Hanukkah’s Forgotten Heroine https://mosaicmagazine.com/picks/religion-holidays/2022/12/hanukkahs-forgotten-heroine/

December 23, 2022 | Jack Zaientz
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Examining the literary history of Hanukkah, Jack Zaientz notes that, when compared to Passover or Purim, it inspired relatively little in the way of midrashic embellishments. The one exception may be the story of Judith and Holofernes—which like, the Hanukkah story itself, comes from an ancient Jewish work that the rabbis excluded from the canon. According to the popular medieval rabbinic compilation known as Kol Bo, it was this story that explained the now-defunct custom of eating cheese on Hanukkah:

It’s not clear why Judith became so beloved to medieval Jews, but the apocryphal protagonist of the book of Judith was Hanukkah’s answer to Purim’s Queen Esther. Dozens of retellings of her story, including the pro-cheese Kol Bo version, were written, distributed, and read in some European synagogues. Judith, following the model of many biblical heroines, was pious, brave, clever, and decisive. When her community of Bethulia considered surrendering to the harsh Assyrian general Holofernes, Judith acted. She prayed, bathed, dressed, and headed out into Holofernes’s camp and into his tent, carrying cheese and wine. And there, under a purple and gold netting that dripped with emeralds, he lay waiting, powerful in his opulence.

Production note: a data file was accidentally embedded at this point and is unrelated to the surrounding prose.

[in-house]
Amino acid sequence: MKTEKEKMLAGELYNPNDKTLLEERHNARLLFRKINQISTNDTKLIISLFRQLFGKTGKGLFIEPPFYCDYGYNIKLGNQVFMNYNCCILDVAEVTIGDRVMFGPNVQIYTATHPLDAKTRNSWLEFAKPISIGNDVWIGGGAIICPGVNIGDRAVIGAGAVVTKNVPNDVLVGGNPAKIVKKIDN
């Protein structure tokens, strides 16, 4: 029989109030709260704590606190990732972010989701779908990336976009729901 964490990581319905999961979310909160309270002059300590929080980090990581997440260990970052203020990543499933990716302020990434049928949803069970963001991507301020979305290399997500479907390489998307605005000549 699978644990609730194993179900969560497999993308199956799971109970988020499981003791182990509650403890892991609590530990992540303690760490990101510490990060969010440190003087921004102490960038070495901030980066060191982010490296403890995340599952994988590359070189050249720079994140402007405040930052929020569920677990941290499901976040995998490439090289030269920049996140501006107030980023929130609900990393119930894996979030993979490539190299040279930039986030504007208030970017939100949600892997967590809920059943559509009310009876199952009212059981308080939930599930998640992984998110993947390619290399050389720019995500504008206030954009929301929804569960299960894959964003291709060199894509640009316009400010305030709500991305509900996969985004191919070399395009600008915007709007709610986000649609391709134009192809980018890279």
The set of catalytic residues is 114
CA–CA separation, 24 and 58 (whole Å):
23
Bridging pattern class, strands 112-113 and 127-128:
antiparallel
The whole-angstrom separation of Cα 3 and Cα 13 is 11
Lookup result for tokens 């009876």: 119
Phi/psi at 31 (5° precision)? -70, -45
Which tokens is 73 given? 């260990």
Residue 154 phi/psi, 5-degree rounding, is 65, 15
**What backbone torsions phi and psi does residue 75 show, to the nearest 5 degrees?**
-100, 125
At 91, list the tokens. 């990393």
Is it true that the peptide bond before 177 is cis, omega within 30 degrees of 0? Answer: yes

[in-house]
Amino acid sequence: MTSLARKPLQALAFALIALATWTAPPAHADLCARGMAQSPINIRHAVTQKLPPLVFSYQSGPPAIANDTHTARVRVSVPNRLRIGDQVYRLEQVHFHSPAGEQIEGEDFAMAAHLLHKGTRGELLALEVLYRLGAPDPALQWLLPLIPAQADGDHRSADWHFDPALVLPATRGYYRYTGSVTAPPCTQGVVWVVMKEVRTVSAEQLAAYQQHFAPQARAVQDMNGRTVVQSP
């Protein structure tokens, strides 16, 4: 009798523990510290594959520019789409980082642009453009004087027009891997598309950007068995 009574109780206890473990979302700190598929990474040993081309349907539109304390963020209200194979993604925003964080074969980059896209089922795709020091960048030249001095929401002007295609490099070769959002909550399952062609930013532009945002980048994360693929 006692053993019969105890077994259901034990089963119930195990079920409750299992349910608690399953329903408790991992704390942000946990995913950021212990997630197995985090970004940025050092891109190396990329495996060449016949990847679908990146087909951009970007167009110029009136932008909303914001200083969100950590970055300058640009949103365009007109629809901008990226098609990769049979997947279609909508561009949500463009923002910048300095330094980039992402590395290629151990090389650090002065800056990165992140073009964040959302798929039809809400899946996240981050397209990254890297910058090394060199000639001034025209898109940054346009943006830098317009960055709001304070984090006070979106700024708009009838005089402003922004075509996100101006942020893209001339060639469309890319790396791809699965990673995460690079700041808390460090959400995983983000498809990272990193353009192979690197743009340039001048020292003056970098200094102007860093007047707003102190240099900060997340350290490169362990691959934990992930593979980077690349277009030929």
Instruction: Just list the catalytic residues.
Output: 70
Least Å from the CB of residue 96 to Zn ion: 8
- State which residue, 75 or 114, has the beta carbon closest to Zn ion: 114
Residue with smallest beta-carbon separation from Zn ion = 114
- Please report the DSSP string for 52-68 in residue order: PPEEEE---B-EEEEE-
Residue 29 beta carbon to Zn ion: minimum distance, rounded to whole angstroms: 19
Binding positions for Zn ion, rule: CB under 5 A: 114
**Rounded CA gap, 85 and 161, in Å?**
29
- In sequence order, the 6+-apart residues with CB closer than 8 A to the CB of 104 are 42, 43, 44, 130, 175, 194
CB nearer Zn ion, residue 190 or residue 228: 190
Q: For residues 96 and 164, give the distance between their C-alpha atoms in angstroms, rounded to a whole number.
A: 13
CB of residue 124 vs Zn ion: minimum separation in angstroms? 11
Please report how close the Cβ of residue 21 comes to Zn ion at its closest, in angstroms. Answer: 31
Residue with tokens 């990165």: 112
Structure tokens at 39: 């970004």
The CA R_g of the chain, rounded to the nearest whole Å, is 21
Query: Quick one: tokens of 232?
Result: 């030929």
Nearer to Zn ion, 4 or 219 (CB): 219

After tricking Holofernes into falling asleep drunk on his beautiful bed, the pious seductress cut off his head with his own sword and returned home with the prize wrapped in opulent netting. With trickery, fierceness, and a bit of God’s help, Judith spurred her community into action. The Jews were saved, and peace was restored. But Judith’s story has faded from view. For all the Purim shpils filled with costumed Esthers that I’ve attended, I have never heard [the story read in synagogue], either in its original form or in its medieval rewrite.

The cheese fritters once eaten in celebration of Judith’s courage are, in fact, the culinary ancestors of the latter-day latke.

Read more on Jewish Review of Books: https://jewishreviewofbooks.com/uncategorized/12738/as-the-story-goes-hanukkah-spears-cheese-and-goblins/